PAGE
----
Parnitha is the perfect place for nature and hiking lovers, herb collectors and gambling fans. Everybody finds something interesting on Parnitha Mountain, which is the highest mountain in Attica (1,400m) and one of the most beautiful in Greece.
Ancient Greeks believed that the cloven-hoof god Pan used to come here to play his flute and dance in the forest. Parnitha was first inhabited during the Mycenean Period and was always a key point area for Attica’s defence.
It is located 30km NW of Athens and in its vast National Park which extends over 300sq metres (presenting variable topography with several summits, gorges, streams and plateaus brimming with pine trees), live 30 mammal species (deer, rabbits, foxes, etc), 120 bird species (many of which are endemic) and 800 different plant and herb species (covering 17% of country’s flora). Visitors can walk through this park and explore the area and its several small caves.
Walk on hundreds of footpaths, take a mountain bike ride on a designated trail in the area of Agios Merkourios, explore dozens of small caves and visit a lot of beautiful churches and monasteries such as Aghia Triada, the Kleiston Monastery and the Monastery of Aghios Kiprianos, to name but a few. The mountain has always attracted climbing fans throughout the year, especially at Bafi and Flambouri (alt. 1,158m) where two mountain refuges operate with a capacity of 50 persons each.
Or for those of you not so adventurous, but just want to try your luck, take the cable car up to the Mont Parnes luxury hotel and casino; placed at the crest of the mountain, visitors get to enjoy a panoramic view of the city of Athens below.
Filis Fortress: It is located in the west slopes of the mountain at an altitude of 687m. It was built in the 4th Century BC in a critical position (on the ruins of an older fortress) and with a great view of the area. In the SE part of the fortress along the way that led to Athens, you can still see marks of carriage wheels on the rocks.
Panos Cave: It is close to the Filis Fortress and is only accessible through a gorge, by climbing on a slope which is difficult to approach. It took its name from the worship of Nymph and Pan. Archaeologists found 2,000 oil lamps in it. It has two rooms and a rich decoration of stalagmites and stalactites, while the rocks around the cave have holes where people used to put their votive offerings.
Mont Parnes Casino: The casino is open 24/7. A formal outfit and a valid passport are required in order to enter the casino. If you go by car, follow Athens-Lamia National Road and turn left at the Parnitha exit. The road that leads to the top has many turns, but the route is amazing. Even more enjoyable is the cable car with its steep incline and breath-taking views. You can leave your car in the large car part and take the cable car up to the top for sightseeing, coffee, fine dining or visiting the casino.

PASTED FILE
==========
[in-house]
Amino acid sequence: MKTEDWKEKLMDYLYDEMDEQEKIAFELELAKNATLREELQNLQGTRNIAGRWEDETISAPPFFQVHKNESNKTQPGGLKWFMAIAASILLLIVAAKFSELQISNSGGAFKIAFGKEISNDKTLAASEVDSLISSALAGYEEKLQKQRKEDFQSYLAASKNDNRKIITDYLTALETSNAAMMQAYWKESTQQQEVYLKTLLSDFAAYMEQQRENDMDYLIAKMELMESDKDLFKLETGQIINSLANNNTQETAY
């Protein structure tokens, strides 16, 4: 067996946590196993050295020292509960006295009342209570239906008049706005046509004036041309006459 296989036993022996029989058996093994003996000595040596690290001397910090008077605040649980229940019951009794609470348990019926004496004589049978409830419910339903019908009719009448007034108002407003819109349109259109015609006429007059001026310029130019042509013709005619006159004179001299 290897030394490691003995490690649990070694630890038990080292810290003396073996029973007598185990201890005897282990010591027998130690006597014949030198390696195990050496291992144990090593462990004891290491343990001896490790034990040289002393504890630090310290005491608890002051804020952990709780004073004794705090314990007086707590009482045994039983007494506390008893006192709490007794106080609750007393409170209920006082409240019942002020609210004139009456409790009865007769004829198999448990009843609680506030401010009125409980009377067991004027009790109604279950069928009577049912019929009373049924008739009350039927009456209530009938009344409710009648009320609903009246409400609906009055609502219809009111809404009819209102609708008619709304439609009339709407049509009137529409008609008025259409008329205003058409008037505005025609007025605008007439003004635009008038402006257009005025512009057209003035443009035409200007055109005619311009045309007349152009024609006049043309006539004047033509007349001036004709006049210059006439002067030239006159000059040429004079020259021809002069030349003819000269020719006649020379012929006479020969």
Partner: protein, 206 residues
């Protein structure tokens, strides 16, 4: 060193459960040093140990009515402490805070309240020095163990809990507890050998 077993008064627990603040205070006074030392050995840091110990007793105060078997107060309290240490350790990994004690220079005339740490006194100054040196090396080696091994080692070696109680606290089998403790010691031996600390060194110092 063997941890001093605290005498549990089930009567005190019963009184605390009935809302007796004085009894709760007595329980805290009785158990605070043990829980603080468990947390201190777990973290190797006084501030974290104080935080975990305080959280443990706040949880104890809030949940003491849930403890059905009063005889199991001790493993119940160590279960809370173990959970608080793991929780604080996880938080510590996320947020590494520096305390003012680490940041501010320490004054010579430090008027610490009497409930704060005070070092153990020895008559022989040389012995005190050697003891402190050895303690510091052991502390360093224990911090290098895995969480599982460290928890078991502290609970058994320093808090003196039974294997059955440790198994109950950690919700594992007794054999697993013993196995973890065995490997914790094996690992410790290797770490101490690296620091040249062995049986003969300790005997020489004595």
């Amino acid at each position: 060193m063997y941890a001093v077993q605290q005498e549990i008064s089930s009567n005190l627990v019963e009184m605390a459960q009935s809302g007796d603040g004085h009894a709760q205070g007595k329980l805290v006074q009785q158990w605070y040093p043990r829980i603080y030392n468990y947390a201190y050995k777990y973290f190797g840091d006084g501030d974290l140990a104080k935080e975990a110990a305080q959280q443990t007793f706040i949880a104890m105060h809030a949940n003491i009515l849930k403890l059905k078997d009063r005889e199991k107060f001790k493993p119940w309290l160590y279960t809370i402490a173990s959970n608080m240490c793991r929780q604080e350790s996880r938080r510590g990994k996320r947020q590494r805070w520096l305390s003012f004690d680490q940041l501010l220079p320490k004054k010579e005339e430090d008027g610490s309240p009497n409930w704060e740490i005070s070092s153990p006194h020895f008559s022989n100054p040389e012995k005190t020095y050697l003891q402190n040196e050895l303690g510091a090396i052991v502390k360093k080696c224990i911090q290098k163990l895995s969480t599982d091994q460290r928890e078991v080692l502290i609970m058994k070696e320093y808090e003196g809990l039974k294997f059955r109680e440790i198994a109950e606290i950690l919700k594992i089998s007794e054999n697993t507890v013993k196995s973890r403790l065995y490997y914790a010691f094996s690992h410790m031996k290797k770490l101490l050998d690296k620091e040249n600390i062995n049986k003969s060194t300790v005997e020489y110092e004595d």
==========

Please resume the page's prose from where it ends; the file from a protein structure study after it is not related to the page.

Hiking is a very popular activity in Parnitha. Two climbing associations, along with the Forest Service of Parnitha have created a dense network of trails that cover the whole mountain range. Numerous paths pass along springs, thick forests and pastures. There are many options, according to the altitude difference that someone intends to cover (0-800m), the distance (500-5,000m) and the time needed (30’- 6 hours). Several routes give the opportunity to observe different vegetation types: firs, pines, oaks, junipers, plane trees, phrygana, etc.
The most important trails are indicated either by simple red signs on rocks and trees or by red tapes or finally, by special signs for each path, such as red triangles, red squares, yellow rhombs, etc. In this way, following the same shape and colour of the signs, one can find the path and follow it to its end. Furthermore, there are two mountain refuges, one at Bafi, owned by the Hellenic Alpine Club of Athens, and the other one at Flampouri, belonging to the Hellenic Alpine Club of Acharnes. Both shelters are available for resting and sleeping. You can contact either of these clubs for suggested hiking/biking or climbing routes.
Anytime of year
Mount Parnitha is a worthwhile destination to visit all year round, with each season offering the visitor something different. In summer enjoy the cool and fresh breeze and the shadow of the trees. In autumn the colours are unique, especially near the streams and rivers. In winter the mountain gives another feeling with its snow-capped slopes and delicious tavernas. Finally, in the spring the meadows and the valleys are in full bloom and water trickles through the streams.
So if you are looking for something to do this weekend, explore some of the hidden secrets of the National Park of Parnitha – don’t miss out on this wonderful outdoors opportunity. And that exactly what three adventurous diplomats did recently.
Diplomats climb Parnitha Mountain
Three daring diplomats recently managed to climb Mount Parnitha – namely Mirna Khawly Chargé d’ Affaires of Lebanon, Jan Bondy Ambassador of the Czech Republic and Noureddine Bardad-Daidj Ambassador of Algeria managed to reach the peak of the mountain and had a lot of all-round fun during this day-long expedition.
It was their first sporting activity for 2017, but definitely not the last as they plan to continue seeking interesting and challenging locations and attract some more colleagues and friends to join them on their next excursions!